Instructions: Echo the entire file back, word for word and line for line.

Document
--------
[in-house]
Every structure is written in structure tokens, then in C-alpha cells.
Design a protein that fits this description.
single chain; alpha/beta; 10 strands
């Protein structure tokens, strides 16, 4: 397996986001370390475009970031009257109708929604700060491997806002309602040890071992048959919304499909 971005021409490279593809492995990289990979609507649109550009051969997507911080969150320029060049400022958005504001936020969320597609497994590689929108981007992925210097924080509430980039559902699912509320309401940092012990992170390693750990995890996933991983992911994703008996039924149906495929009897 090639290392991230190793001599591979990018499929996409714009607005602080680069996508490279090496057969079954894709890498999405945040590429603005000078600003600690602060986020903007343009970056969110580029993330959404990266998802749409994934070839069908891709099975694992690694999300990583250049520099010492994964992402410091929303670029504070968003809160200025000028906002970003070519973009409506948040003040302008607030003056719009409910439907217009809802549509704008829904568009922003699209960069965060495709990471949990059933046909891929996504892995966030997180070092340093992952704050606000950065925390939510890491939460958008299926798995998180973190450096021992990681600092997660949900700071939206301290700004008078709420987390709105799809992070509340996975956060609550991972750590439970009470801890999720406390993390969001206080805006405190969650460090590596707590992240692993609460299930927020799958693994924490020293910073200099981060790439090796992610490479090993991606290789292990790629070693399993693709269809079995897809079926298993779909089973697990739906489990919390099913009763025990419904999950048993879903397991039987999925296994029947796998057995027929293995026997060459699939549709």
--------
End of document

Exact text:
[in-house]
Every structure is written in structure tokens, then in C-alpha cells.
Design a protein that fits this description.
single chain; alpha/beta; 10 strands
């Protein structure tokens, strides 16, 4: 397996986001370390475009970031009257109708929604700060491997806002309602040890071992048959919304499909 971005021409490279593809492995990289990979609507649109550009051969997507911080969150320029060049400022958005504001936020969320597609497994590689929108981007992925210097924080509430980039559902699912509320309401940092012990992170390693750990995890996933991983992911994703008996039924149906495929009897 090639290392991230190793001599591979990018499929996409714009607005602080680069996508490279090496057969079954894709890498999405945040590429603005000078600003600690602060986020903007343009970056969110580029993330959404990266998802749409994934070839069908891709099975694992690694999300990583250049520099010492994964992402410091929303670029504070968003809160200025000028906002970003070519973009409506948040003040302008607030003056719009409910439907217009809802549509704008829904568009922003699209960069965060495709990471949990059933046909891929996504892995966030997180070092340093992952704050606000950065925390939510890491939460958008299926798995998180973190450096021992990681600092997660949900700071939206301290700004008078709420987390709105799809992070509340996975956060609550991972750590439970009470801890999720406390993390969001206080805006405190969650460090590596707590992240692993609460299930927020799958693994924490020293910073200099981060790439090796992610490479090993991606290789292990790629070693399993693709269809079995897809079926298993779909089973697990739906489990919390099913009763025990419904999950048993879903397991039987999925296994029947796998057995027929293995026997060459699939549709």